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Time to break HIV stigma (with CNC3 video)
As upsetting and confusing as it is to bring up the subject of HIV with young children, it is also essential to do so. In a highly globalised industry, one cannot ignore the various mediums of information which surround us on a daily basis. Television shows, the Internet and even social media platforms are being used as vehicles of information. Sometimes, information disseminated from these forums tend to be skewed, exaggerated or even inaccurate.
Burying our heads in the sand like the proverbial ostrich, or pretending HIV does not exist, or keeping it as a taboo subject, will in no way assist in properly educating both adults and children alike on the important issue. No longer can parents pass the responsibility of lecturing to their children about HIV and sexually transmitted diseases to teachers, the Internet, their peers or television. In various countries worldwide, sex education, or sex ed as its normally called, is embedded in the school syllabus and a variety of topics are taught from kindergarten to high school levels.
Health Minister Dr Fuad Khan, in an interview with the T&T Guardian, agrees that more needs to be done to ensure that society is properly educated when it comes to HIV. He said although T&T had come a long way since first hearing about HIV, stigma, discrimination and victimisation still existed. Khan said because the proper legislative framework had not yet being implemented (the National Gender Policy), nothing could be done about tackling discrimination and victimisation in the workplace.
But the minister agrees that teaching children from an early age about the dangers of engaging in sexual activity needs to take place. “Children need to know from early what is a bad touch. We need to educate from early. Parents need to start taking responsibility and speaking with their children about the effects of engaging in sexual activity,” Khan said.
Not wanting to rule out the possibility of such a plan being implemented in schools, Khan said to some the labelling of sex education gave the impression “that we want to teach children how to have sex.
“This is not the case and I believe we need to coin a different name for such topics when dealing with schools,” he added. He said he would soon be seeking an audience with Minister of Education Dr Tim Goopeesingh to discuss the introduction of proper and age-appropriate education dealing with sex, sexually transmitted diseases and poor choices affiliated with sex-related decisions. The reality, Khan said, remained that students from primary schools were sexually active and something needed to be done.
Partnering in fight against HIV
Khan said his ministry partnered with several non-governmental organisations, regional health authorities, the Family Planning Association of T&T and the University of the West Indies in an effort to sensitise the population and rid the public of any misconceptions regarding HIV. “Allowing the public to know life isn’t over once a loved one tests positive for HIV and letting the individual know that there are facilities which are free of charge to receive treatment, are just some of the things we highlight during our educational drive,” he said.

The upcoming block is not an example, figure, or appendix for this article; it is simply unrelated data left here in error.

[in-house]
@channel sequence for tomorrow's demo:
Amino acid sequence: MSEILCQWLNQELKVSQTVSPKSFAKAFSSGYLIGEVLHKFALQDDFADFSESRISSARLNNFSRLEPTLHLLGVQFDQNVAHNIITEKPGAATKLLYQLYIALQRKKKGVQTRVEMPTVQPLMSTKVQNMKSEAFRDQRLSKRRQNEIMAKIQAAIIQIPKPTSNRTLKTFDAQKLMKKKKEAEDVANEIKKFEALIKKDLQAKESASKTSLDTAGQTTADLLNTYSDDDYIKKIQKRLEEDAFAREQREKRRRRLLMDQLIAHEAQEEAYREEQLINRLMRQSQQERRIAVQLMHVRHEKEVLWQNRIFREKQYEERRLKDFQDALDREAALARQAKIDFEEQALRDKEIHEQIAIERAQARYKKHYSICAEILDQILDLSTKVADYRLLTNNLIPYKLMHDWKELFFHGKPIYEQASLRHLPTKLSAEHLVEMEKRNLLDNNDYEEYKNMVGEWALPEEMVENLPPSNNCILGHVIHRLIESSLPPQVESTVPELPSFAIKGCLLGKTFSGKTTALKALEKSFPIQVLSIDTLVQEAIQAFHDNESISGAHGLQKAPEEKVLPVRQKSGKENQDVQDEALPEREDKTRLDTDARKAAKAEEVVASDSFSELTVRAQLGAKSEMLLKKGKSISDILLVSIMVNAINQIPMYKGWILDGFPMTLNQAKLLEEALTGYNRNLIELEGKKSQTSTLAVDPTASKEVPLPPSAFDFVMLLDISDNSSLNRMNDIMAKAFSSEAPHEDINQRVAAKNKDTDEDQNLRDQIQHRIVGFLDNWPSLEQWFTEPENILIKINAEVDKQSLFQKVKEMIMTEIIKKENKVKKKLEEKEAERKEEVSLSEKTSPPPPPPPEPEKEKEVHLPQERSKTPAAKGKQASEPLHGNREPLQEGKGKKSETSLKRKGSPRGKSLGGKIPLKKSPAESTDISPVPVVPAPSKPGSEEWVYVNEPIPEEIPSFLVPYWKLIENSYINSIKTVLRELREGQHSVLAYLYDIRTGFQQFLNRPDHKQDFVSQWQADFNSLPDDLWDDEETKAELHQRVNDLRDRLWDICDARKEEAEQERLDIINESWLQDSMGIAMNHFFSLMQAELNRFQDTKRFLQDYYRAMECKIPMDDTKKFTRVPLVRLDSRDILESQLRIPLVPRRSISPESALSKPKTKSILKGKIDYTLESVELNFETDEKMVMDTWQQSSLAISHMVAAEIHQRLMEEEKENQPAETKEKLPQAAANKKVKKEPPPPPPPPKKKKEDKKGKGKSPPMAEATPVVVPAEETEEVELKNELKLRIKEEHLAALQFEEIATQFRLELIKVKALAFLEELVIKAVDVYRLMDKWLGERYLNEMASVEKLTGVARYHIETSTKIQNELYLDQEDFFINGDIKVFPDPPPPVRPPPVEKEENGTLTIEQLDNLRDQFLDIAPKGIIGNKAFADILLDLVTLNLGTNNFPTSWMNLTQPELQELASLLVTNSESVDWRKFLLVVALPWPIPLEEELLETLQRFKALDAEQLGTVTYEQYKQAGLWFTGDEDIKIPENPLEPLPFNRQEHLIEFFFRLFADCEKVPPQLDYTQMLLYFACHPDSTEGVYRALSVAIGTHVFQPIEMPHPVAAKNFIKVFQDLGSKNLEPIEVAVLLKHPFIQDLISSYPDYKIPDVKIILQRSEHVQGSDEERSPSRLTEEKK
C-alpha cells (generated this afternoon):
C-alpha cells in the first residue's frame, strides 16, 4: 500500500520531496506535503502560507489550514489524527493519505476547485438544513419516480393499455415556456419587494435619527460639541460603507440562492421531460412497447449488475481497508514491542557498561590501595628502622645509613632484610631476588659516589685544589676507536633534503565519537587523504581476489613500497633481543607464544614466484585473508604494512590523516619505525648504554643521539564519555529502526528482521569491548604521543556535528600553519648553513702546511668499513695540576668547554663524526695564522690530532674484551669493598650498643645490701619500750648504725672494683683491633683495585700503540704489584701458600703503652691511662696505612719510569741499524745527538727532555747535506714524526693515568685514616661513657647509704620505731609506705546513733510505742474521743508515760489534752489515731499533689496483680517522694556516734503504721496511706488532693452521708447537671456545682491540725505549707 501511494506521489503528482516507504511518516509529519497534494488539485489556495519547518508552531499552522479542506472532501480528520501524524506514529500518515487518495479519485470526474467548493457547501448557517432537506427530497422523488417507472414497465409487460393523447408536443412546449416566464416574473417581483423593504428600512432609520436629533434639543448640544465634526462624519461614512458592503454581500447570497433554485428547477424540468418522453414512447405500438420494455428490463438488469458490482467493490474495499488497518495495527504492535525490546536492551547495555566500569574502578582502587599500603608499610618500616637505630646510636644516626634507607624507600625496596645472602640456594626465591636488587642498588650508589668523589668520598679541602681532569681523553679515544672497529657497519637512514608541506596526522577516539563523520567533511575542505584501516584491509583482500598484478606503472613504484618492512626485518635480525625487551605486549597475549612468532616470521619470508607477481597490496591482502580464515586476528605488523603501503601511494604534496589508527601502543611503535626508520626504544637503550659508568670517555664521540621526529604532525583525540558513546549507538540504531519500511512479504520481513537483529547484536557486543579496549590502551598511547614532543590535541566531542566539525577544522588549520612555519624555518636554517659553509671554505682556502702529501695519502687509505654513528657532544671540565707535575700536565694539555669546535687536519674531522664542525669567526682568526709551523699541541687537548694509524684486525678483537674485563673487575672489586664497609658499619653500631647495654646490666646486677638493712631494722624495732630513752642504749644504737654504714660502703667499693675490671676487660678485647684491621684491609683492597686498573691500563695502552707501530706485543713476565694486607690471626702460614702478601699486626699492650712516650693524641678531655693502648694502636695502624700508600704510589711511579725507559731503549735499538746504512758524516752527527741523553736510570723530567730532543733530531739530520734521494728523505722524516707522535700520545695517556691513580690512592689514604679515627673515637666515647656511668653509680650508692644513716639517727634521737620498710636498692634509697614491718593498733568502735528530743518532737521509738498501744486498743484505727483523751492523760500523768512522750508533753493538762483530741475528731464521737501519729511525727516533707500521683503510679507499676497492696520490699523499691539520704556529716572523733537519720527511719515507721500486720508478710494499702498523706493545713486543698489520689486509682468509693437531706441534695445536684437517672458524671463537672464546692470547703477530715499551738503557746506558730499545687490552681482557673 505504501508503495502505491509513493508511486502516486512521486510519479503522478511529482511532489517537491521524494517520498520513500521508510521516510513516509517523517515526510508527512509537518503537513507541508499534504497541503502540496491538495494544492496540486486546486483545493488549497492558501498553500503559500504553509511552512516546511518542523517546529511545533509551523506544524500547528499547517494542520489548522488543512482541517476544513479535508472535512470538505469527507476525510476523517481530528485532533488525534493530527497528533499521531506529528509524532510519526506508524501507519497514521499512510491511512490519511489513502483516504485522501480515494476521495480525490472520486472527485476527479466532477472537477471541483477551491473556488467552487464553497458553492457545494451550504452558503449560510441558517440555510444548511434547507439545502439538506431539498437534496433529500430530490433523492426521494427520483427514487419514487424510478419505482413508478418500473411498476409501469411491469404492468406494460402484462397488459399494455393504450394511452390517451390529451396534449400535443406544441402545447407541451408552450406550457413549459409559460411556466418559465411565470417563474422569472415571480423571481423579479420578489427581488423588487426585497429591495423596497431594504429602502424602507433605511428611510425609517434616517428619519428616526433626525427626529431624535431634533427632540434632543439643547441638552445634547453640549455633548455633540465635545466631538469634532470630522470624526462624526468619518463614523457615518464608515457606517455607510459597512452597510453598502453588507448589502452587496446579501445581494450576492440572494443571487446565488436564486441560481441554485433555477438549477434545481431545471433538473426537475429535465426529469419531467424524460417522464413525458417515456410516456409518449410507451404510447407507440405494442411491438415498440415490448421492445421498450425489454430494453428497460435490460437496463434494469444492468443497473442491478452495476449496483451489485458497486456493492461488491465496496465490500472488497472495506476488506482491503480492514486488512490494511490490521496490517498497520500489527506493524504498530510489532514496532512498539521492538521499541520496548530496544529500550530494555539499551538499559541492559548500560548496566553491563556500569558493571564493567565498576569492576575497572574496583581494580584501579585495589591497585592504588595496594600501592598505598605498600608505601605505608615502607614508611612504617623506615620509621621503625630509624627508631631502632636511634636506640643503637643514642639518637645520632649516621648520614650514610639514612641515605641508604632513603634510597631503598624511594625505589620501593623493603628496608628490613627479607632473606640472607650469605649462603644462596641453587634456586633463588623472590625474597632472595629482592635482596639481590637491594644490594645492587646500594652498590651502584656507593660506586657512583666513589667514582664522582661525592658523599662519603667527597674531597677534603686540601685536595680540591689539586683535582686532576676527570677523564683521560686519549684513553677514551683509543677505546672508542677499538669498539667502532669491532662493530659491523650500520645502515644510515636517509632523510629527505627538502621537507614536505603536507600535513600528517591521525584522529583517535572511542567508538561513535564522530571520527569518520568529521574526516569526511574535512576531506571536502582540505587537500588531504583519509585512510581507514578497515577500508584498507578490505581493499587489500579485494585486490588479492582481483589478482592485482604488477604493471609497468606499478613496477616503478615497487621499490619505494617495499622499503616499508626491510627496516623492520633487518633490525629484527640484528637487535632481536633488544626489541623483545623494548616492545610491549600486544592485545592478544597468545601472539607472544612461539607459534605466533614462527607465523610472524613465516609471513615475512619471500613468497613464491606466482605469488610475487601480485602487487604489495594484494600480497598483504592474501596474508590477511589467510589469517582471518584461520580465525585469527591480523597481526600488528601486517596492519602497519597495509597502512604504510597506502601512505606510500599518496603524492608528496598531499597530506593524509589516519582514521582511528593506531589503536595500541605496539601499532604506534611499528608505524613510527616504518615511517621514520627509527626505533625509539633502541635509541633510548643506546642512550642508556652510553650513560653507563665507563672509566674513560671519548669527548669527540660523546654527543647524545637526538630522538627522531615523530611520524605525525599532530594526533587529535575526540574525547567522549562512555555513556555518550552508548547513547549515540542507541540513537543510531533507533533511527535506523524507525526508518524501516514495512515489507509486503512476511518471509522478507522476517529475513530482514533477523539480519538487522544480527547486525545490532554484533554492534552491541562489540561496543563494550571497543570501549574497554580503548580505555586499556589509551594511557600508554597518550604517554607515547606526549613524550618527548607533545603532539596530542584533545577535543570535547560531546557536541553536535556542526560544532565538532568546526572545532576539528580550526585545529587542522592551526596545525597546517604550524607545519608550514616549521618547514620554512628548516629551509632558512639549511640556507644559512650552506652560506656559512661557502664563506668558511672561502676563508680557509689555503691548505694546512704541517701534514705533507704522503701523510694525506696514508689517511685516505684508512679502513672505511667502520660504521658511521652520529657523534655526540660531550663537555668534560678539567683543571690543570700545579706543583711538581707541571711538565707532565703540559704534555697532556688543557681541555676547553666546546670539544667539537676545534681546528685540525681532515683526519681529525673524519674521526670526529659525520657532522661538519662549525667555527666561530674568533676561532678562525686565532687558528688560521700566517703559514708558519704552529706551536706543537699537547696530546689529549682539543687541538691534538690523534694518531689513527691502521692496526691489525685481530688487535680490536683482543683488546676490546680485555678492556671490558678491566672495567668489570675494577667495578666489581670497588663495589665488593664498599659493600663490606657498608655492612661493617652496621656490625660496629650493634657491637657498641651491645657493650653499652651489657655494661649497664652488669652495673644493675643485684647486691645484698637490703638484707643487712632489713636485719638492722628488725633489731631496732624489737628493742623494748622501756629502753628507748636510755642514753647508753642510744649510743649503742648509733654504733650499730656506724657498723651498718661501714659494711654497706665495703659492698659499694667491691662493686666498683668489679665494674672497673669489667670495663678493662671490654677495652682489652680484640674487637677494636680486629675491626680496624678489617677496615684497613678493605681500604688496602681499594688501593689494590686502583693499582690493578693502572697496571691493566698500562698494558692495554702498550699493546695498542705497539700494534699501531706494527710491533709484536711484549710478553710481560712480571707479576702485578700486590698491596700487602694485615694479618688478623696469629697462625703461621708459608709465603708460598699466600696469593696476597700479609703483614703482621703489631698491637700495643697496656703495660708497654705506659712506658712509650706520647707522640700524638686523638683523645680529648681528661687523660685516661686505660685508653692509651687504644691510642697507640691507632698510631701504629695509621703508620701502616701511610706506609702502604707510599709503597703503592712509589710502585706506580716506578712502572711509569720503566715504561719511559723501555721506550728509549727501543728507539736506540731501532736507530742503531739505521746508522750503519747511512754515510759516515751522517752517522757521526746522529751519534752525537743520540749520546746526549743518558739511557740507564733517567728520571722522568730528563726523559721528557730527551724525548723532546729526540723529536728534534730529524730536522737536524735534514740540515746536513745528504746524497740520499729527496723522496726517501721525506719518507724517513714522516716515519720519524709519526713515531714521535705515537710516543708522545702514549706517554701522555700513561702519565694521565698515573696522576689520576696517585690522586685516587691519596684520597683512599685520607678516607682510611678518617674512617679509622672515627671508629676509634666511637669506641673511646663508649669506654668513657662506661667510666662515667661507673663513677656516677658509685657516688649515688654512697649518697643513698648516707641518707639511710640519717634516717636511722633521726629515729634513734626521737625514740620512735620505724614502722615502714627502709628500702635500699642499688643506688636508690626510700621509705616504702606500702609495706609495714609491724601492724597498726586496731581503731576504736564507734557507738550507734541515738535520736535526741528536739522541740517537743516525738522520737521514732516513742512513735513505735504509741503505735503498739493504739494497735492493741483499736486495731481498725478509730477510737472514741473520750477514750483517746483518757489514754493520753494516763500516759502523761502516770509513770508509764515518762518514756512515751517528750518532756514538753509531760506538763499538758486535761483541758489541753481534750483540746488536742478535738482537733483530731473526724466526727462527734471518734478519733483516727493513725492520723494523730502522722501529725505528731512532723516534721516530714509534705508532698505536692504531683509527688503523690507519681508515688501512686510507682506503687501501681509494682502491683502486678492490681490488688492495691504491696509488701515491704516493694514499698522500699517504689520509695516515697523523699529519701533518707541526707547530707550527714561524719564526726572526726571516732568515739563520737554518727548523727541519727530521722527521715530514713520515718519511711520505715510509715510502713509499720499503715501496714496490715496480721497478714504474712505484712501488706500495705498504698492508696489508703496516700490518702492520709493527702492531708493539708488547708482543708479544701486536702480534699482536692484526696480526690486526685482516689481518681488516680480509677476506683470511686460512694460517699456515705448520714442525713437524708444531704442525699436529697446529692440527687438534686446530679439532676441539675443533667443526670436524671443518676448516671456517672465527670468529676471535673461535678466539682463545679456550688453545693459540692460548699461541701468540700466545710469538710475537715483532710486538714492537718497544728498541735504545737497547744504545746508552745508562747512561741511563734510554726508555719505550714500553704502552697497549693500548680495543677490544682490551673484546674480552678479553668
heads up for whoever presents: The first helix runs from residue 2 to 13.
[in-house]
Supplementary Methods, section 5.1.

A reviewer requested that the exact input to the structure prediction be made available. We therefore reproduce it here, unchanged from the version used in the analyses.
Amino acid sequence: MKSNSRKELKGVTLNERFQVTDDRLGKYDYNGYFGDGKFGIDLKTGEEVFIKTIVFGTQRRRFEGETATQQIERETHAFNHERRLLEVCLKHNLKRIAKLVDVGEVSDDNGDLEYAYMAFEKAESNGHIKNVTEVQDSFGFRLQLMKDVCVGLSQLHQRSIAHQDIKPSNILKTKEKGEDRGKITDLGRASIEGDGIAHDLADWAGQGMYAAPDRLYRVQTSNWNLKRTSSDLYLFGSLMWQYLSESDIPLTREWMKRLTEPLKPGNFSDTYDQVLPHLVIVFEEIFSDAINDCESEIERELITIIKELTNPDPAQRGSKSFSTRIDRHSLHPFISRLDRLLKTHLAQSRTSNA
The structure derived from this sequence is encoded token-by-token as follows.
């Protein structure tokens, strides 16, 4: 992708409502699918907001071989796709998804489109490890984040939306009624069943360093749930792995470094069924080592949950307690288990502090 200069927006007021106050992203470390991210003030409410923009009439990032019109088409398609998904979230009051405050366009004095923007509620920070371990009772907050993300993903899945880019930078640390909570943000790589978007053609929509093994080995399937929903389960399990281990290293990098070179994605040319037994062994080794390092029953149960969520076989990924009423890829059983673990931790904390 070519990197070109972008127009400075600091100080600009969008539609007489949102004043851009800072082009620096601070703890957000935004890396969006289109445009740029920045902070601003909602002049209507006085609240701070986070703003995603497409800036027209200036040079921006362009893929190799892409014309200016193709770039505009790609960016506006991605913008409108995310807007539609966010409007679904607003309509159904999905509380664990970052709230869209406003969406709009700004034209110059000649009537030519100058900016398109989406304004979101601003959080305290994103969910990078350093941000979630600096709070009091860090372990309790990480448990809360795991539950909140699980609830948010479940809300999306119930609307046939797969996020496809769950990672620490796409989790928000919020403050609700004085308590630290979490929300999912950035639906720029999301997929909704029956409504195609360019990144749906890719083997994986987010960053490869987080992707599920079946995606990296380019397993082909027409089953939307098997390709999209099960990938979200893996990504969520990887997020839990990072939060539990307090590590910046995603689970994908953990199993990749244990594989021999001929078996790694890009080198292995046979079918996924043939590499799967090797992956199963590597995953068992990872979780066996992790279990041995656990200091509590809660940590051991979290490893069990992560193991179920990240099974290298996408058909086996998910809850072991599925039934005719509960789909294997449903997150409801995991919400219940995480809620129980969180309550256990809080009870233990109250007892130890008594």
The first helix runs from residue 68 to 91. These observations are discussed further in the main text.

Admitting that the greatest challenge comes from persuading people to get tested, Khan said based on statistics there had been a sharp decline in men getting tested for HIV and a lot of the scepticism had to do with misinformation.
“On an average, treating an HIV infected person is $14,000 a year,” Khan said, noting such treatment is actually free to the infected person. The minister added that treatment centres were located in both Trinidad and Tobago (see box), while plans were afoot to establish an HIV treatment centre in Mayaro. He said that would become a reality once the reaction to HIV had been desensitised and that would occur through rigorous educational drives and consultations.
Cases in T&T on decline
Programme director of the HIV and Aids Co-ordinating Unit at the Ministry of Health Dr Brian Armour, in an interview with the T&T Guardian, says there has been a decrease in HIV in the country. Armour said that was because a lot of persons, namely women, were getting tested during pregnancy. “There are mechanisms in place to ensure that an HIV-positive mother doesn’t give birth to an HIV baby. There are treatments available,” he said He said from 2007-2011, there were 1,429; 1,448; 1,390; 1,154 and 1,077 new HIV cases, respectively.
Asked whether such a decline could be attributed to people not getting tested as well, Armour said that had been the argument brought forward by many, but in his opinion was probably not an accurate assessment of the reality. People, Armour said, were becoming more aware and responsible about their lifestyles. He pointed out that other Caribbean countries have also seen a decline in their HIV positive cases. He said tracing back to 1985 when the first cases of HIV among females and children were reported, statistics have shown that since 2004, HIV had been higher among females than males in all age groups, with young persons in the age bracket 25-34 being the most affected.
Tomorrow: An interview with Dr Amery Browne and his involvement with HIV
HIV Treatment Centres
• Eastern Regional Health Authority
• Sangre Grande Treatment Clinic, Ojoe Road
• Paediatric Outpatient Clinic
• Eric Williams Medical Sciences Complex
• Cyril Ross Nursery, 1 El Dorado Road, Tunapuna
Tobago Health Promotion Clinic
• Calder Hall, Scarborough
• Scarborough Regional Hospital, Fort King George, Scarborough
Medical Research Foundation
• 7 Queen’s Park East, Port-of-Spain
• South-West Regional Health Authority, San Fernando General Hospital
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